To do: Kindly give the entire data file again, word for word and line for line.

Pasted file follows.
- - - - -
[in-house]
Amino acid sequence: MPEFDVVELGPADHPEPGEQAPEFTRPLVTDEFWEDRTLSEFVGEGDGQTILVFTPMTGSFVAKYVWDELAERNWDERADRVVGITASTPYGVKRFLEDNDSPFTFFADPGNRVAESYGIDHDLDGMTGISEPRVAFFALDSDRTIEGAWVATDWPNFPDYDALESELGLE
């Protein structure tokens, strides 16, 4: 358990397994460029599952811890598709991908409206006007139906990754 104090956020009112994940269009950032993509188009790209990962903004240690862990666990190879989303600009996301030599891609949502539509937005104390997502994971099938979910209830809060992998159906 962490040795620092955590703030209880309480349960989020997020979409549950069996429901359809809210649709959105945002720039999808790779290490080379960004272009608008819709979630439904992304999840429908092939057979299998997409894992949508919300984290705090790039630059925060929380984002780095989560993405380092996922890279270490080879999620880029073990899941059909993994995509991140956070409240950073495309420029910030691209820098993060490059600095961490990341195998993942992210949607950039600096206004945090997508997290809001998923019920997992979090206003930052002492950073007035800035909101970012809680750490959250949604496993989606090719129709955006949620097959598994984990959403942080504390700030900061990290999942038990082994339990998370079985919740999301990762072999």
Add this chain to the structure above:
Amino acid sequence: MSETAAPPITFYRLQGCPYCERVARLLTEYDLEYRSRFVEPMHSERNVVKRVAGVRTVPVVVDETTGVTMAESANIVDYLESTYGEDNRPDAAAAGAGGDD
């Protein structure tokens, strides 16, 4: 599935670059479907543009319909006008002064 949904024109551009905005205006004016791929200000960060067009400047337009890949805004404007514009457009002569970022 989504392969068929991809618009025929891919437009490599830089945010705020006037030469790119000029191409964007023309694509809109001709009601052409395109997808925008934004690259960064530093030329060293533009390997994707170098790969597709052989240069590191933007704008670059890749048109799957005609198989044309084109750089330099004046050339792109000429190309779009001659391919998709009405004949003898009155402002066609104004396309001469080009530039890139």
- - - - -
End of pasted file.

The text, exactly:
[in-house]
Amino acid sequence: MPEFDVVELGPADHPEPGEQAPEFTRPLVTDEFWEDRTLSEFVGEGDGQTILVFTPMTGSFVAKYVWDELAERNWDERADRVVGITASTPYGVKRFLEDNDSPFTFFADPGNRVAESYGIDHDLDGMTGISEPRVAFFALDSDRTIEGAWVATDWPNFPDYDALESELGLE
């Protein structure tokens, strides 16, 4: 358990397994460029599952811890598709991908409206006007139906990754 104090956020009112994940269009950032993509188009790209990962903004240690862990666990190879989303600009996301030599891609949502539509937005104390997502994971099938979910209830809060992998159906 962490040795620092955590703030209880309480349960989020997020979409549950069996429901359809809210649709959105945002720039999808790779290490080379960004272009608008819709979630439904992304999840429908092939057979299998997409894992949508919300984290705090790039630059925060929380984002780095989560993405380092996922890279270490080879999620880029073990899941059909993994995509991140956070409240950073495309420029910030691209820098993060490059600095961490990341195998993942992210949607950039600096206004945090997508997290809001998923019920997992979090206003930052002492950073007035800035909101970012809680750490959250949604496993989606090719129709955006949620097959598994984990959403942080504390700030900061990290999942038990082994339990998370079985919740999301990762072999």
Add this chain to the structure above:
Amino acid sequence: MSETAAPPITFYRLQGCPYCERVARLLTEYDLEYRSRFVEPMHSERNVVKRVAGVRTVPVVVDETTGVTMAESANIVDYLESTYGEDNRPDAAAAGAGGDD
């Protein structure tokens, strides 16, 4: 599935670059479907543009319909006008002064 949904024109551009905005205006004016791929200000960060067009400047337009890949805004404007514009457009002569970022 989504392969068929991809618009025929891919437009490599830089945010705020006037030469790119000029191409964007023309694509809109001709009601052409395109997808925008934004690259960064530093030329060293533009390997994707170098790969597709052989240069590191933007704008670059890749048109799957005609198989044309084109750089330099004046050339792109000429190309779009001659391919998709009405004949003898009155402002066609104004396309001469080009530039890139």